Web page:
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How to Spot A Swimmer In Danger of Drowning

Posted on 10 Apr 2014
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Video: Drowning remains the second-leading cause of accidental death for children, and very often adults don’t even notice kids who are drowning in the same pool. NBC’s Tom Costello explains what you should be on the alert for in the water this summer.

Summer is almost here and kids are ready to play in the ocean and swim in the pool. But would you know if one of your children was drowning?

Even if a lifeguard is on duty, drowning can occur so quickly, and so silently, that a swimmer can die before anyone notices.

Hollywood teaches us that there is splashing and yelling, and that’s almost never the case as drowning is often silent.

Drowning is the second-leading cause of accidental death for children ages 1 to 14, behind motor vehicle crashes, the Centers for Disease Control and Prevention reports. A lapse in adult supervision is the single, most important factor in child drowning deaths, according to the World Health Organization.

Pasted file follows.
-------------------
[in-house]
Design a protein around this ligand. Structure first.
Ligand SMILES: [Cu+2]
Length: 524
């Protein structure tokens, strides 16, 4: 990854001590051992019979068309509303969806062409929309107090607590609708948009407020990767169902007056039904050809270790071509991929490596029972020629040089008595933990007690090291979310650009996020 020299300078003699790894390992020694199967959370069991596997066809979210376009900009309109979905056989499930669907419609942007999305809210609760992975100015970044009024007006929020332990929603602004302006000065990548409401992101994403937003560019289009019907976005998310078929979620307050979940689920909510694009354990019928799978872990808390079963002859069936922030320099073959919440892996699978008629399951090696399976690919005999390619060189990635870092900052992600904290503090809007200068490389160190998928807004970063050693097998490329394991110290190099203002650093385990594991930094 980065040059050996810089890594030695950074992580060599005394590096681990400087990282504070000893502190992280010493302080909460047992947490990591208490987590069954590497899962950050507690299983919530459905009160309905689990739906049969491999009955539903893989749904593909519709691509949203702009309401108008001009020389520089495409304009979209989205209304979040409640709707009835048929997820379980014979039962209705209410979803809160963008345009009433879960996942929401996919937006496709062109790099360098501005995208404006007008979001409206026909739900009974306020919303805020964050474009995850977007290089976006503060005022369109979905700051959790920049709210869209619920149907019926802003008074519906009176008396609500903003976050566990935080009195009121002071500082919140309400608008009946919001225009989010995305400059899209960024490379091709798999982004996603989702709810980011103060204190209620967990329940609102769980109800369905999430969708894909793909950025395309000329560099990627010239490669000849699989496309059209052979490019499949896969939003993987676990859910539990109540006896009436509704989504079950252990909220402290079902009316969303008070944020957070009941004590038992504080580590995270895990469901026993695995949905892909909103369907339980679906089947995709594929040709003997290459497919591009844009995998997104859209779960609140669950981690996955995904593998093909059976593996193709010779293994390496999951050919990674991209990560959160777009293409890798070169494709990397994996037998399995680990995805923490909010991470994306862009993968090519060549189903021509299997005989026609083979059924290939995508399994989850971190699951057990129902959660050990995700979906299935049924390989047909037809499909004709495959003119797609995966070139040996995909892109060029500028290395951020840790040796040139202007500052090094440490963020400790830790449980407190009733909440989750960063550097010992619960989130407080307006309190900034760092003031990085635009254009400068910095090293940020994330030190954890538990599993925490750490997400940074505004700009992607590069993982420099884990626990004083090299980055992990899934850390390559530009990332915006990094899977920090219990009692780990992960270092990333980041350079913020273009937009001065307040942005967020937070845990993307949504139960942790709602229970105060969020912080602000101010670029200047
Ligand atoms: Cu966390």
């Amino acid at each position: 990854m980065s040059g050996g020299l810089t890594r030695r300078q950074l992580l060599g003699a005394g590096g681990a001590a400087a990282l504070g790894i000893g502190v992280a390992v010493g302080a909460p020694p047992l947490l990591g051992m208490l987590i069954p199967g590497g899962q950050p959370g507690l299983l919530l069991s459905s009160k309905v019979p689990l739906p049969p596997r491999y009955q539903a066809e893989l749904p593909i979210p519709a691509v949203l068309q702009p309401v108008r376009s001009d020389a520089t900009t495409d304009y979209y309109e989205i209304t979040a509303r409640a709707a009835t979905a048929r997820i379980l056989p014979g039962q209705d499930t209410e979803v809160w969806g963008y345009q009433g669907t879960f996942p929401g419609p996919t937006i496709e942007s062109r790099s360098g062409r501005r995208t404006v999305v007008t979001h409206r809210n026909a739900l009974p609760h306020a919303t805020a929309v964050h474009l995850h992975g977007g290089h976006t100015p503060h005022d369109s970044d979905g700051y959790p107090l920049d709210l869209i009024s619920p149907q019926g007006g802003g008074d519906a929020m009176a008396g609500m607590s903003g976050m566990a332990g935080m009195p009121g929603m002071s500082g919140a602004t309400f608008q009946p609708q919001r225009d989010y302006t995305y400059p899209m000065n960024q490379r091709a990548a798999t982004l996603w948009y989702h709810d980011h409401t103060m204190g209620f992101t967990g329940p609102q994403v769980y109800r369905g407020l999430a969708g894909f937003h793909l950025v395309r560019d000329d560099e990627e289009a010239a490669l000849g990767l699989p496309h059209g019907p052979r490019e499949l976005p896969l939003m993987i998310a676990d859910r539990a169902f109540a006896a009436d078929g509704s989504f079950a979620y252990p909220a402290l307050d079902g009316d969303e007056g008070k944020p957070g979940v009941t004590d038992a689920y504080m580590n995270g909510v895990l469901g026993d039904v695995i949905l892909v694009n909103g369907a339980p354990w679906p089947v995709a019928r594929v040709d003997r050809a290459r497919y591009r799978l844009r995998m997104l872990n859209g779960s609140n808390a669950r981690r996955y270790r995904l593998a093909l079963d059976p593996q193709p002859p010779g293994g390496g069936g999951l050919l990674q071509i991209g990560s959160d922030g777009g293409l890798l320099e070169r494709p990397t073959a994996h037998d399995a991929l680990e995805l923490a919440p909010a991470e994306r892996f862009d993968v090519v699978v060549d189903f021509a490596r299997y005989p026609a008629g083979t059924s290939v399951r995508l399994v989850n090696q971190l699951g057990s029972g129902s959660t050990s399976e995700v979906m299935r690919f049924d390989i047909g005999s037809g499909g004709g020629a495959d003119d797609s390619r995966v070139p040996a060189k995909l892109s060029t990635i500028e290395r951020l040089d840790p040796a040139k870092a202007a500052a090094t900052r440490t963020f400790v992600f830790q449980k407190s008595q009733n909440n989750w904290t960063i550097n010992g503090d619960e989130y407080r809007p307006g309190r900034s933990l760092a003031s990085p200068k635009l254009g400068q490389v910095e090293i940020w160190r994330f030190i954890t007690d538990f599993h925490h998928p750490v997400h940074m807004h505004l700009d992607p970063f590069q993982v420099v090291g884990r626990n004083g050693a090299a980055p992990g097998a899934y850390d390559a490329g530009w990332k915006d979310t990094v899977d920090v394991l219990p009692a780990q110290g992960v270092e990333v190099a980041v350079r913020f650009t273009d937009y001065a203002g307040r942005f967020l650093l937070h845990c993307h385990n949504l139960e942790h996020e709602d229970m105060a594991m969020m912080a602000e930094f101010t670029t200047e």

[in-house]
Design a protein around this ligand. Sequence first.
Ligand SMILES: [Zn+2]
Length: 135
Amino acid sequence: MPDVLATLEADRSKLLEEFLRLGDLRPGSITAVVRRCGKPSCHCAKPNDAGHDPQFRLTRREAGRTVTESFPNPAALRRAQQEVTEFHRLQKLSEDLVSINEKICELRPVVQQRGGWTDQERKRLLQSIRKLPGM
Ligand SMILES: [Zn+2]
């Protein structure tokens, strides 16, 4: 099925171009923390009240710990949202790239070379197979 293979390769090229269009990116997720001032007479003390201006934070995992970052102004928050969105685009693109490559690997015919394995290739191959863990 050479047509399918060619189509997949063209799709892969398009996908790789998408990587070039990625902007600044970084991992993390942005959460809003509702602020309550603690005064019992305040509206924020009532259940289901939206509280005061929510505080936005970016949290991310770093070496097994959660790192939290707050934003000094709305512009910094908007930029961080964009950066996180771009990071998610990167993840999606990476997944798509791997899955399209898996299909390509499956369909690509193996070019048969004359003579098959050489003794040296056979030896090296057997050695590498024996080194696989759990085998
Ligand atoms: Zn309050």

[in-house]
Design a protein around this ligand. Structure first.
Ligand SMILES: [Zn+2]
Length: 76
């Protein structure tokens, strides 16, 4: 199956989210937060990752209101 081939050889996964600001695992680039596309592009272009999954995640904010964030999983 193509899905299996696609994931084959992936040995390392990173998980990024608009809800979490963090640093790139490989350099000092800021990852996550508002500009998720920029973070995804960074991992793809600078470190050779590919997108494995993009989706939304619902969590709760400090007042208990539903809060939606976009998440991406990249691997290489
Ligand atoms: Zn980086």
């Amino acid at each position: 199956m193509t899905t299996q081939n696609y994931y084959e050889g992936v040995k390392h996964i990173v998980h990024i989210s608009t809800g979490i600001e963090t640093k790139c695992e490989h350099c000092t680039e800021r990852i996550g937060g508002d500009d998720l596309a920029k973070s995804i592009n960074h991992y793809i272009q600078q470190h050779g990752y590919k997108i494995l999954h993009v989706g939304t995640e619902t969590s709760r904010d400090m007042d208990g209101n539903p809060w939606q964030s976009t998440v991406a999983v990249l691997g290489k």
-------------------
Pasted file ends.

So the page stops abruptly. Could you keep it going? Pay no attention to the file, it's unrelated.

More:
Many people have the wrong image in their heads when it comes to drowning, experts say. Drowning people – whether adults or kids – are often too busy trying to get air in their lungs and trying to stay afloat to be able to call out for help.

The struggle to keep their mouths out of the water means they aren’t flailing about. Very often drowning people will extend their arms and just push against the water to try to keep their heads up. While that motion might lead to a little bit of splashing, it won’t be dramatic, especially if they are unable to swim as a result of a severe arm or leg injury.

Some of the warning signs include:

  • Mouth at water level (and may alternate between being just above the surface and just below it)
  • Head tilted back as the person tries to float
  • Eyes glassy or closed

The best way to know if your child is OK is to ask them: If they’re in trouble they most likely won’t be able to answer.

The best prevention is swimming lessons and vigilance. Wherever kids are swimming in pools, backyards, lakes or rivers, an adult needs to be nearby and attentive.

A child can drown within seconds before anyone knows that the child is under the water, and that is why it is so important for children to know how to swim.

But even if your kids can swim, you still need to be watching them closely when they’re in the water.

Parents who are watching their children swimming are often on their cell phones, or they’re texting. If you’re not looking directly at them, then you’re not watching them.


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